The death toll of schoolchildren, the agony of migrant families seeking safe haven, the mistrust of the “justice” system by people of color—anthropologists need to determine their role in clotting these social wounds. One way forward, I think, is the intersubjective empathy at anthropology’s core.
Trump’s immigration metaphors set a divisive tone from the top. His immigration metaphors do not constitute “plain speaking,” “strong language,” or “passionate debate,” nor can they be innocently excused as his “own style.” His language is textbook demagoguery, and his immigration metaphors help constitute our current sociopolitical moment.
Implementing the Department of Health and Human Services’ proposed definition of sex as “either male or female, unchangeable, and determined by the genitals that a person is born with” is so manifestly impracticable that calling it a “policy proposal” is a shabby costume. Any serious observer can see that it doesn’t cover the sneer beneath; it’s not meant to.
Words take center stage in the verbal sparring of the Twitter age. But, amidst the endless talk and noise of today’s political landscape, we often overlook the powerful communicative potential of silence.
In less than the time it takes you to read this, someone in the United States will be sexually assaulted. One person is assaulted every 98 seconds; almost 37 people in an hour and 888 people a day. There is less than a 1 percent chance that any given perpetrator will go to jail. Rape is underreported, under-prosecuted, and disbelieved. Ours, as anthropologist Peggy Sanday might say, is a rape prone society.
Anthropologists grapple with the responsibility of producing knowledge about other people. From understanding values and beliefs to practices and behaviors, the act of generating knowledge about others is an exercise of power that few other disciplines acknowledge or regularly reflect upon. The methodological tools of our discipline—ethnography, qualitative interviews, participant observation—are fundamentally relational and afford […]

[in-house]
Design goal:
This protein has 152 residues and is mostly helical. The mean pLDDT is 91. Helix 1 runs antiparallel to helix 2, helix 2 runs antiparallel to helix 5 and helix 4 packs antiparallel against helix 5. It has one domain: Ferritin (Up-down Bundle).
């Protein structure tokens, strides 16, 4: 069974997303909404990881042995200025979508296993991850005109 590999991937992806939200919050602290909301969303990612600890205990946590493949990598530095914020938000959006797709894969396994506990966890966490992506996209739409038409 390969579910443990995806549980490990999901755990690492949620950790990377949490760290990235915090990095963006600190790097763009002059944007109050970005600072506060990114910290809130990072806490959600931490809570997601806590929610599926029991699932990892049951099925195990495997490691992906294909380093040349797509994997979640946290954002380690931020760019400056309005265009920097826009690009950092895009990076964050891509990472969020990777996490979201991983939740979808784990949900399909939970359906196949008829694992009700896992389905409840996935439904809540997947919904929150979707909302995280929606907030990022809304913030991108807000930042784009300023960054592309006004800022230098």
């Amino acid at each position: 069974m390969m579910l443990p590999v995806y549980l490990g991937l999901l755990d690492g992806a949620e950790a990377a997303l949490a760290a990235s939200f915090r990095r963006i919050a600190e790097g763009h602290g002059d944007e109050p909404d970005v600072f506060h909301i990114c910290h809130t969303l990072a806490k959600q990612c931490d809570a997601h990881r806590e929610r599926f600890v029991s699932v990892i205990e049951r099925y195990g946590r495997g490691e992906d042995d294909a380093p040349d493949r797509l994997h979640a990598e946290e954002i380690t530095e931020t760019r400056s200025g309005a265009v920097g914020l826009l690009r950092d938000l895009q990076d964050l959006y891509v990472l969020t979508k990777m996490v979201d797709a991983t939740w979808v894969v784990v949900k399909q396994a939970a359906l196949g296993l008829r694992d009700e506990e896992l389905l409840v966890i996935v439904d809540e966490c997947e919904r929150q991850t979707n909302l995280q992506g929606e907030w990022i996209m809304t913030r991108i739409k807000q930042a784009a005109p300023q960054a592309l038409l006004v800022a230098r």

Many authors submit to more than one press at a time—is there a way to handle doing this that won’t offend editors?
Anthropologists have begun to take seriously the other-than-human entities at play in the world and in political life. In Earth Beings: Ecologies of Practice Across Andean Worlds, Marisol de la Cadena details “co-laboring” closely with Mariano and Nazario Turpo, a family of ritual practitioners and land-rights activists.
What little solace we had from Abigail Fisher losing her anti-affirmative action case against the University of Texas, is now under threat as a new legal case is underway against Harvard University. The current lawsuit that alleges Harvard University discriminates against Asian-Americans student applicants is not a lawsuit claiming “reverse racism” or racism against white people.
In 1947, the British writer Stephen Potter published a slim volume called The Theory and Practice of Gamesmanship: Or the Art of Winning Games Without Actually Cheating, ushering the term gamesmanship into the English language. In later books, Potter extended his theories and recommendations beyond the formal world of sports to include every aspect of human life.